Hands on: Samsung Dex review

The death knell for Chromebooks?

What is a hands on review?
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Our Early Verdict

The Samsung Dex is a clever little dock that gives you a new choice when using your handset. It works easily, and makes your phone as useful as a tablet as long as you have a spare monitor, keyboard and mouse handy.

For

  • Compact design
  • Inbuilt cooling

Against

  • Slightly bulbous
  • Slow disengaging for calls

The Samsung Dex could be one of the biggest wins from the Galaxy S8 launch, with the clever little dock offering a whole new world of usability for your Samsung phone.

It's basically a small, squat puck that enables you to turn your Samsung USB Type-C enabled phone (so, only the Galaxy S8 and S8 Plus at this time, since the expiry of the Note 7) in a full desktop experience.

It's the kind of thing that (as another, more esteemed, journalist pointed out), had it been done by Apple, would have seen the internet go crazy with hot takes on how Apple is trying to cripple its own iPad / Macbook business... where with Samsung it's likely to go under the radar.

The Samsung Dex will launch for $149 in the US (we're still waiting on regional pricing details), so it's definitely won't be the cheapest device ever created by the South Korean firm.

But it is impressive, and could herald a big change in the way we use our phones in the future – after all, they're getting to the point where there's more than enough power packed inside for them to function as actual computers, so why not do something like this?  

Design

The design of the Samsung Dex is, as mentioned, a small, bulbous puck with a few ports around the back.

Simply flip open the top, slide the Galaxy S8 into the dock (no wireless charging here... it's all done through the dock) and you're away.

The back of the device offers two USB ports, an ethernet socket and the HDMI output for a monitor. Sadly it seems you can't connect Bluetooth keyboards and mice to the phone, so you'll need to use the USB ports for that, but perhaps that's something Samsung can offer in the future.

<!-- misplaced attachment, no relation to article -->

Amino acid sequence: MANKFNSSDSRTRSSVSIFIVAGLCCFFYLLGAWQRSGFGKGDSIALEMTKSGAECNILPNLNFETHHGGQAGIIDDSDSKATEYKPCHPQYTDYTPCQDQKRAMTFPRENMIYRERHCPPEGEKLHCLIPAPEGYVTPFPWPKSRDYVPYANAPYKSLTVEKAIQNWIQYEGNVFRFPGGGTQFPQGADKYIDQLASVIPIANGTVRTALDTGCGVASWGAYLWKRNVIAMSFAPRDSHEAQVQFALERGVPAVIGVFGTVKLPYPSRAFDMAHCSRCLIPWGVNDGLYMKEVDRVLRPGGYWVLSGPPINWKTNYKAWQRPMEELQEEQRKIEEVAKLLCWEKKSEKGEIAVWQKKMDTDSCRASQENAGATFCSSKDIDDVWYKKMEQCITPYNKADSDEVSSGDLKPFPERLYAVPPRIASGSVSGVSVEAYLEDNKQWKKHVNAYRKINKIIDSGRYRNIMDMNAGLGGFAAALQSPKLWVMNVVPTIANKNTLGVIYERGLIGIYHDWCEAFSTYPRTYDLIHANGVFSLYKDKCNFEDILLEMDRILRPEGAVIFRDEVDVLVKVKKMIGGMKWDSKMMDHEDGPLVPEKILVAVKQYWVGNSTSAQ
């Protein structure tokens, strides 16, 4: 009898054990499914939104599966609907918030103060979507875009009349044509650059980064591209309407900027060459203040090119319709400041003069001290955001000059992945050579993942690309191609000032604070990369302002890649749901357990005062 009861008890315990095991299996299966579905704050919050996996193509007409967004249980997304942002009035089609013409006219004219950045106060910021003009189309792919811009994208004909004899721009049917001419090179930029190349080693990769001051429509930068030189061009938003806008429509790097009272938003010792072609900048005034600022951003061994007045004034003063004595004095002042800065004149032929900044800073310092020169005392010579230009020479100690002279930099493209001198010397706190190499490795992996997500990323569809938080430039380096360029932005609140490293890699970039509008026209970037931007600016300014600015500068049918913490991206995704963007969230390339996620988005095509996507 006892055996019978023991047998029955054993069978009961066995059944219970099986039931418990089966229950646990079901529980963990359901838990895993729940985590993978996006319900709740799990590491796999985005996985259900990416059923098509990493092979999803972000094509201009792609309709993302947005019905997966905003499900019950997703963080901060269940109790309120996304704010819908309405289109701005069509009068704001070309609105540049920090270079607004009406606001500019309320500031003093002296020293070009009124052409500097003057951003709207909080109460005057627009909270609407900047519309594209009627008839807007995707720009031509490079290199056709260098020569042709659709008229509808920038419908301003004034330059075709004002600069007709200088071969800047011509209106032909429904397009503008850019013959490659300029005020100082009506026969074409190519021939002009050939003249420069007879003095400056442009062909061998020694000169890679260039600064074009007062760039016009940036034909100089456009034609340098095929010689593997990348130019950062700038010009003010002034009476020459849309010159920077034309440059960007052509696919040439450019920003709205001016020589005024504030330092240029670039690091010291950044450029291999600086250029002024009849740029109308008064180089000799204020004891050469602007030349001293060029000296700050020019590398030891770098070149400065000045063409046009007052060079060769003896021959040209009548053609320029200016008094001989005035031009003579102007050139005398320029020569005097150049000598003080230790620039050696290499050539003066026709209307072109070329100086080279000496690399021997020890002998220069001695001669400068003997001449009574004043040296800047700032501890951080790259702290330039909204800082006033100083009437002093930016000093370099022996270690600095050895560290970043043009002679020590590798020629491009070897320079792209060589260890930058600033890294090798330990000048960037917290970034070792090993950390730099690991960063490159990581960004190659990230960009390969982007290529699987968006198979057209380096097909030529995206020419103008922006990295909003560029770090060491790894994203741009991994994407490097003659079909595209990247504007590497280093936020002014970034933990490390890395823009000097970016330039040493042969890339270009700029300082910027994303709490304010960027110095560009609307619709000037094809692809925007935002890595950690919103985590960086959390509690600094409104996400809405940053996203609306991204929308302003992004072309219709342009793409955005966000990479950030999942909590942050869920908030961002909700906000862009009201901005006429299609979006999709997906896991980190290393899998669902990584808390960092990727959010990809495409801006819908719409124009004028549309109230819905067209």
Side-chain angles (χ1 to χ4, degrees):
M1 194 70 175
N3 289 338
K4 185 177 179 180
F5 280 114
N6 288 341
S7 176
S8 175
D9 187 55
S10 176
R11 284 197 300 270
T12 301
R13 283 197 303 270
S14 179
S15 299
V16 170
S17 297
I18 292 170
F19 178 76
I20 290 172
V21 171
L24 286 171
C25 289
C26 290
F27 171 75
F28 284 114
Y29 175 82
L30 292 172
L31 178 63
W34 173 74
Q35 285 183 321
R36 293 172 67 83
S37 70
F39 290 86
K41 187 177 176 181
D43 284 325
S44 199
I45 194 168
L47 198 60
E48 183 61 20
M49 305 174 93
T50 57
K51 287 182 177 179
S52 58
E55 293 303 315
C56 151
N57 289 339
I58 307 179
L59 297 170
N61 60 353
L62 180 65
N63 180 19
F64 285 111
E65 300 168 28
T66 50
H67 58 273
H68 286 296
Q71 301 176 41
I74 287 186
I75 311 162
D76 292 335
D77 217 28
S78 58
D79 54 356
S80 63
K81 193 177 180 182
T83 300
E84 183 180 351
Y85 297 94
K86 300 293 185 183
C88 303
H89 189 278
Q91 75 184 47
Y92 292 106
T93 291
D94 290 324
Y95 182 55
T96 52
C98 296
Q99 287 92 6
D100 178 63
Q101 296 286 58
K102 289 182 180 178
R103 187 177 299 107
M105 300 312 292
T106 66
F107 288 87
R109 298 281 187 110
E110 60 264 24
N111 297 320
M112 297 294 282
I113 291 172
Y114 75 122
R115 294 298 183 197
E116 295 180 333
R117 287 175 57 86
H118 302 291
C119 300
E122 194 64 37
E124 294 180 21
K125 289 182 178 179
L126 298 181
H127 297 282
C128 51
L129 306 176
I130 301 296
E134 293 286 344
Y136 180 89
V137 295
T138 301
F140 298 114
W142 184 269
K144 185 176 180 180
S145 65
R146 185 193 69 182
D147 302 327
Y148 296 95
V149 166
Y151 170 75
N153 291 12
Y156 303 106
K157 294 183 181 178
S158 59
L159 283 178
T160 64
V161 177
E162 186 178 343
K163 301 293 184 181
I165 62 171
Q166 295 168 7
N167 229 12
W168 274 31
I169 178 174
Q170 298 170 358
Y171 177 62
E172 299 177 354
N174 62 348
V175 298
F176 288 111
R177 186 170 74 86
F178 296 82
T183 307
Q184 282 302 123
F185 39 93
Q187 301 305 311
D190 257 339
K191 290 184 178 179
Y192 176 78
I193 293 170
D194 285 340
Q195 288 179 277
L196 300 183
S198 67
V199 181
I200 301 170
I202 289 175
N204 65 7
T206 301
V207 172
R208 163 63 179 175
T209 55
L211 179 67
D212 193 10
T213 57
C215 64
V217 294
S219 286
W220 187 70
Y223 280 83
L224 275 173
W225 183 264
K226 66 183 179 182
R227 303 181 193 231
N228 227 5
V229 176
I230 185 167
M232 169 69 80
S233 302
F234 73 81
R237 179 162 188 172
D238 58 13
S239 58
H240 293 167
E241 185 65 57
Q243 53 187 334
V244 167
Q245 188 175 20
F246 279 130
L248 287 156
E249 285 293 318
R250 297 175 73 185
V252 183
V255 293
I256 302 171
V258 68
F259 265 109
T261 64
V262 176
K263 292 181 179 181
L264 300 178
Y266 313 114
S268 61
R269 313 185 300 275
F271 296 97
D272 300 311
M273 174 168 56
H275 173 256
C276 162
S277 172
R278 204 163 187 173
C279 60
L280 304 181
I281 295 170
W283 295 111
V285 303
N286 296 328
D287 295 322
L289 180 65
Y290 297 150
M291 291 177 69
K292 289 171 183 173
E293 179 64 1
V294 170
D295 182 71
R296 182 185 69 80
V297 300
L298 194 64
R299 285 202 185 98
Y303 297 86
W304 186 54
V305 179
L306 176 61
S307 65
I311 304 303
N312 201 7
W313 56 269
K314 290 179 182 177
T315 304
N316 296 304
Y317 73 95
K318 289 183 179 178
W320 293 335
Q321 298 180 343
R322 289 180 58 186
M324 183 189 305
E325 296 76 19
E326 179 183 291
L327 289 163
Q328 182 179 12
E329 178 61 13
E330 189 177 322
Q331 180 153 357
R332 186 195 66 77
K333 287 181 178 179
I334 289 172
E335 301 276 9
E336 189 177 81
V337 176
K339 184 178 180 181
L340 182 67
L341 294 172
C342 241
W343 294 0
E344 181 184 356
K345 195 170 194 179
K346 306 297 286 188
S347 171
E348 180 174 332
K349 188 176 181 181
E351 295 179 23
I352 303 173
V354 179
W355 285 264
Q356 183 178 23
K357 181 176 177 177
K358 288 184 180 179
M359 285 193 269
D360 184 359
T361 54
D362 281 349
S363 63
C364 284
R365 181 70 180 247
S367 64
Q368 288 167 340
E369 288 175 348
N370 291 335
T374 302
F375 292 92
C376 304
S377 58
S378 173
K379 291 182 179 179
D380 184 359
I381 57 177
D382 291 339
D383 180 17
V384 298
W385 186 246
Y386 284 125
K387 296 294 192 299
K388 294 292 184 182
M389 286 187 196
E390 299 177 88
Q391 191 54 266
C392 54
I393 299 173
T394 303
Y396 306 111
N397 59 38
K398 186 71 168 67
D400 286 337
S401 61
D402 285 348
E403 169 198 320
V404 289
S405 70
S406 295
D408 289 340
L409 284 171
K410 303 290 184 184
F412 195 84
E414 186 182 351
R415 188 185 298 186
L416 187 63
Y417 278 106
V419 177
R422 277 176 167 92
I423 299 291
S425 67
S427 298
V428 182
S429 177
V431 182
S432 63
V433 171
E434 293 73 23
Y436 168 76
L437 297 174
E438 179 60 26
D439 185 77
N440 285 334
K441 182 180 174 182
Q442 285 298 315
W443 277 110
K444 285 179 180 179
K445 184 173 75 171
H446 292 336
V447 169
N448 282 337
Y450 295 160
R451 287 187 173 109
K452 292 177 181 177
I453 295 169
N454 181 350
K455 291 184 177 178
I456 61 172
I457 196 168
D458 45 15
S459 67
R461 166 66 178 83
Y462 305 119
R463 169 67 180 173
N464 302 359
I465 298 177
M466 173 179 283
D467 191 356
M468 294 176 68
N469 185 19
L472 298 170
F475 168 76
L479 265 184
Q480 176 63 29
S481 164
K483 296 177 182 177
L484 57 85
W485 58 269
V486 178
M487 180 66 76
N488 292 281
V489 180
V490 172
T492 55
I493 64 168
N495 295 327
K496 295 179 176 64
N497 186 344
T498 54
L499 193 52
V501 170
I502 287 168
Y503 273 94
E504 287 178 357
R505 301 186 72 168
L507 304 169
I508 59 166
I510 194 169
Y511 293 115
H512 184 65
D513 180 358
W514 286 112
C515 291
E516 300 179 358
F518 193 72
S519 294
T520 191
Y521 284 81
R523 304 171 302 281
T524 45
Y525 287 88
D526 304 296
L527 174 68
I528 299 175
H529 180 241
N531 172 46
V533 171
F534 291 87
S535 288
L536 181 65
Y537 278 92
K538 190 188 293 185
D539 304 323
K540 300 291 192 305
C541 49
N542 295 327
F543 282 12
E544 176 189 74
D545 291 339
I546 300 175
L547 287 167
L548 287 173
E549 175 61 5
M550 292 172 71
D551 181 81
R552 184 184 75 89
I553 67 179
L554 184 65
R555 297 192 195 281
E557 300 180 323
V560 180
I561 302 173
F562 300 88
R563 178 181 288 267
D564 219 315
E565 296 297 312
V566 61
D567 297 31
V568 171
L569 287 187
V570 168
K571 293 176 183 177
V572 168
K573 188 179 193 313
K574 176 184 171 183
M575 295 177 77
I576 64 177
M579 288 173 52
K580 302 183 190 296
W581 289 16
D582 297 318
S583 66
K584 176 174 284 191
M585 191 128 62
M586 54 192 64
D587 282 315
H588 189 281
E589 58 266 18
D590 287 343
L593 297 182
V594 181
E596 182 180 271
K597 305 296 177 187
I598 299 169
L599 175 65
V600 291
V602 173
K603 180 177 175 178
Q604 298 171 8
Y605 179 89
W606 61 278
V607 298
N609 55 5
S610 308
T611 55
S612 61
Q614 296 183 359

It's also powered, so this isn't something you can take around with you... but then when would you also carry a monitor and keyboard with you?

It's clear that your phone is going to get hot during this time, which is why Samsung has also made the dock a cooler for the handset, dissipating heat while it's working overtime to get you working on documents a-plenty.

Interface

Once the phone is slid in, you're met with the loading screen on the monitor. It's a slow, slow experience to get the phone to boot into the desktop mode in comparison to how swiftly apps open on your handset, but in terms of starting up a PC it's pretty rapid.

You're then greeted with a very Windows-like environment, and that's something that's been added into Android for a while (we've seen the same with devices like the Sony Xperia Z4 Tablet in the past too). 

However, now that many people are becoming used to using Google Docs and Sheets in the cloud, this is pretty much all you may need – with Android apps running there too.

There's even a menu in the corner for all of your apps, like Windows' Start Menu, and it's very easy to move through and open whatever you need.